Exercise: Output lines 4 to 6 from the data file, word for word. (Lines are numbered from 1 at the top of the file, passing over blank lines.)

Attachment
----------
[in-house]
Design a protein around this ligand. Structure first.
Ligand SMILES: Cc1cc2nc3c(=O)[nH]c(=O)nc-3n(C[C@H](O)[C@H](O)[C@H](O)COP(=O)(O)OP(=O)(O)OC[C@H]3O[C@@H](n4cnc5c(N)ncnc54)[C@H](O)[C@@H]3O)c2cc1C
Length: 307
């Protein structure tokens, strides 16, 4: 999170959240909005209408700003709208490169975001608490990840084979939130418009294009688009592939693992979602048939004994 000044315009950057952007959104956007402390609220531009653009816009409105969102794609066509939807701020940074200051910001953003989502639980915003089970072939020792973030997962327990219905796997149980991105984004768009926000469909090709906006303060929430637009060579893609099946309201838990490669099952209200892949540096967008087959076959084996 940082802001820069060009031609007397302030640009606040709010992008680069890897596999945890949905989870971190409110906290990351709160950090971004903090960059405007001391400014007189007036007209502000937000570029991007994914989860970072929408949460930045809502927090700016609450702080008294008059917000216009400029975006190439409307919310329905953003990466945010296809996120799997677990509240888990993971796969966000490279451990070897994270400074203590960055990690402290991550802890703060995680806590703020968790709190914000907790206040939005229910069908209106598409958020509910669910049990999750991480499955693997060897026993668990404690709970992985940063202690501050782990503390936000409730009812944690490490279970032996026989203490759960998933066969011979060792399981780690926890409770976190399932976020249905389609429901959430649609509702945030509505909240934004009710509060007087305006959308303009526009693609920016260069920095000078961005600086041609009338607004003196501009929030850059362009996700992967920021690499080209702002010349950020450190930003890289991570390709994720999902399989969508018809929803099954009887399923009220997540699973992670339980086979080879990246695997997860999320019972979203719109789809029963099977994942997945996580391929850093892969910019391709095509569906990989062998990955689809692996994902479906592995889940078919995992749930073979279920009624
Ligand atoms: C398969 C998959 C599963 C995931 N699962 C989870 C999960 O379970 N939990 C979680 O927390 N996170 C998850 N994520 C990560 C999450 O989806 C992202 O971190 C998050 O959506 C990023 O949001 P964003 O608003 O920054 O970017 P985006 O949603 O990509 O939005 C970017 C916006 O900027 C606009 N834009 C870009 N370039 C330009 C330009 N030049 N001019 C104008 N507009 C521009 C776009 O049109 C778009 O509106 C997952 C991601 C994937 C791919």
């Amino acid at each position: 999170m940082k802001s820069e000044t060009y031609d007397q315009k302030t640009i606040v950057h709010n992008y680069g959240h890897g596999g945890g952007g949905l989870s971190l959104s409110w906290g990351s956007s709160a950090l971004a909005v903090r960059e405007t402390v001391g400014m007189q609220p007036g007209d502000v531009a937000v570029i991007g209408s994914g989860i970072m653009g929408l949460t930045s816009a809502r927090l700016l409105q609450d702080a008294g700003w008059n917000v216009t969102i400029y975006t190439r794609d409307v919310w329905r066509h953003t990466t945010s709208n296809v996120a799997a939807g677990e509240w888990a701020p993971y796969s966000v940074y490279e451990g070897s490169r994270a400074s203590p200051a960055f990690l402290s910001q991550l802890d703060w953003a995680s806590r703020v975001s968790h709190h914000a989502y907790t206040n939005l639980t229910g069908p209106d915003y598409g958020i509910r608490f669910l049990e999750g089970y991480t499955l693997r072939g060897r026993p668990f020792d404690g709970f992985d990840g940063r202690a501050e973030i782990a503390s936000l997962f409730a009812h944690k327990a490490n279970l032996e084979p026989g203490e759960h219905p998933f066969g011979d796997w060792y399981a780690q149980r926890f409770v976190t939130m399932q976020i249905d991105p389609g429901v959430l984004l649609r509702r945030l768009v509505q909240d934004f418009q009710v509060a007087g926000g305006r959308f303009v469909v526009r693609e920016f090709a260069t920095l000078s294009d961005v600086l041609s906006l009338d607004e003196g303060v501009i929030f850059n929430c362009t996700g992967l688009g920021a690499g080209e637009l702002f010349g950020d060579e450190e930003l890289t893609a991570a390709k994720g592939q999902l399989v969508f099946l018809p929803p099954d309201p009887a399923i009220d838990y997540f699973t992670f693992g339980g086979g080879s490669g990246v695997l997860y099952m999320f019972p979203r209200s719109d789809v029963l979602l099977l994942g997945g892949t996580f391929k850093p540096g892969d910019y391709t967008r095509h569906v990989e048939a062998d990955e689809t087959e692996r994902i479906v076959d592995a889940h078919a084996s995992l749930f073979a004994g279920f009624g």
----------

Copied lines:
Length: 307
């Protein structure tokens, strides 16, 4: 999170959240909005209408700003709208490169975001608490990840084979939130418009294009688009592939693992979602048939004994 000044315009950057952007959104956007402390609220531009653009816009409105969102794609066509939807701020940074200051910001953003989502639980915003089970072939020792973030997962327990219905796997149980991105984004768009926000469909090709906006303060929430637009060579893609099946309201838990490669099952209200892949540096967008087959076959084996 940082802001820069060009031609007397302030640009606040709010992008680069890897596999945890949905989870971190409110906290990351709160950090971004903090960059405007001391400014007189007036007209502000937000570029991007994914989860970072929408949460930045809502927090700016609450702080008294008059917000216009400029975006190439409307919310329905953003990466945010296809996120799997677990509240888990993971796969966000490279451990070897994270400074203590960055990690402290991550802890703060995680806590703020968790709190914000907790206040939005229910069908209106598409958020509910669910049990999750991480499955693997060897026993668990404690709970992985940063202690501050782990503390936000409730009812944690490490279970032996026989203490759960998933066969011979060792399981780690926890409770976190399932976020249905389609429901959430649609509702945030509505909240934004009710509060007087305006959308303009526009693609920016260069920095000078961005600086041609009338607004003196501009929030850059362009996700992967920021690499080209702002010349950020450190930003890289991570390709994720999902399989969508018809929803099954009887399923009220997540699973992670339980086979080879990246695997997860999320019972979203719109789809029963099977994942997945996580391929850093892969910019391709095509569906990989062998990955689809692996994902479906592995889940078919995992749930073979279920009624
Ligand atoms: C398969 C998959 C599963 C995931 N699962 C989870 C999960 O379970 N939990 C979680 O927390 N996170 C998850 N994520 C990560 C999450 O989806 C992202 O971190 C998050 O959506 C990023 O949001 P964003 O608003 O920054 O970017 P985006 O949603 O990509 O939005 C970017 C916006 O900027 C606009 N834009 C870009 N370039 C330009 C330009 N030049 N001019 C104008 N507009 C521009 C776009 O049109 C778009 O509106 C997952 C991601 C994937 C791919």